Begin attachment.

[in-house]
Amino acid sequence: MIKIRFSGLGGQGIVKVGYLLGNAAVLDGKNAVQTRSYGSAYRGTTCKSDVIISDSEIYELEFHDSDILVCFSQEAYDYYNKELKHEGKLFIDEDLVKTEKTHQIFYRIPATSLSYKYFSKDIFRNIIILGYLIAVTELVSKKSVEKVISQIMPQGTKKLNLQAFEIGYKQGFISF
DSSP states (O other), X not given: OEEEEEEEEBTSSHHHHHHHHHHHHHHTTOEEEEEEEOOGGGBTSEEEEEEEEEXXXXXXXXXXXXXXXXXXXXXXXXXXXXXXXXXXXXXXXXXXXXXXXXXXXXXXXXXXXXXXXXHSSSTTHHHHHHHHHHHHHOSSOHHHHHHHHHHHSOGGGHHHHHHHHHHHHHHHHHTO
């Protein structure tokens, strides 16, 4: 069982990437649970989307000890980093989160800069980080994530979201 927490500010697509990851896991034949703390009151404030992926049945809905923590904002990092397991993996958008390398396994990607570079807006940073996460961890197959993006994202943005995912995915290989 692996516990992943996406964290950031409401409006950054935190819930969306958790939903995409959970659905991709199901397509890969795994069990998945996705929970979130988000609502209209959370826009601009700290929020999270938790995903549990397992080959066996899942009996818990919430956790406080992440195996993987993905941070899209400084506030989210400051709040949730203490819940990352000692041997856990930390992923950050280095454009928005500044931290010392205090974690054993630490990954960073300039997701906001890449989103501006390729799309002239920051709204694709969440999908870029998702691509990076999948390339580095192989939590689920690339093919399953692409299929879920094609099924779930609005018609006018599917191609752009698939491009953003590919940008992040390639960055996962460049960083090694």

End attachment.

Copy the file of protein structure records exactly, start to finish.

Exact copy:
[in-house]
Amino acid sequence: MIKIRFSGLGGQGIVKVGYLLGNAAVLDGKNAVQTRSYGSAYRGTTCKSDVIISDSEIYELEFHDSDILVCFSQEAYDYYNKELKHEGKLFIDEDLVKTEKTHQIFYRIPATSLSYKYFSKDIFRNIIILGYLIAVTELVSKKSVEKVISQIMPQGTKKLNLQAFEIGYKQGFISF
DSSP states (O other), X not given: OEEEEEEEEBTSSHHHHHHHHHHHHHHTTOEEEEEEEOOGGGBTSEEEEEEEEEXXXXXXXXXXXXXXXXXXXXXXXXXXXXXXXXXXXXXXXXXXXXXXXXXXXXXXXXXXXXXXXXHSSSTTHHHHHHHHHHHHHOSSOHHHHHHHHHHHSOGGGHHHHHHHHHHHHHHHHHTO
């Protein structure tokens, strides 16, 4: 069982990437649970989307000890980093989160800069980080994530979201 927490500010697509990851896991034949703390009151404030992926049945809905923590904002990092397991993996958008390398396994990607570079807006940073996460961890197959993006994202943005995912995915290989 692996516990992943996406964290950031409401409006950054935190819930969306958790939903995409959970659905991709199901397509890969795994069990998945996705929970979130988000609502209209959370826009601009700290929020999270938790995903549990397992080959066996899942009996818990919430956790406080992440195996993987993905941070899209400084506030989210400051709040949730203490819940990352000692041997856990930390992923950050280095454009928005500044931290010392205090974690054993630490990954960073300039997701906001890449989103501006390729799309002239920051709204694709969440999908870029998702691509990076999948390339580095192989939590689920690339093919399953692409299929879920094609099924779930609005018609006018599917191609752009698939491009953003590919940008992040390639960055996962460049960083090694």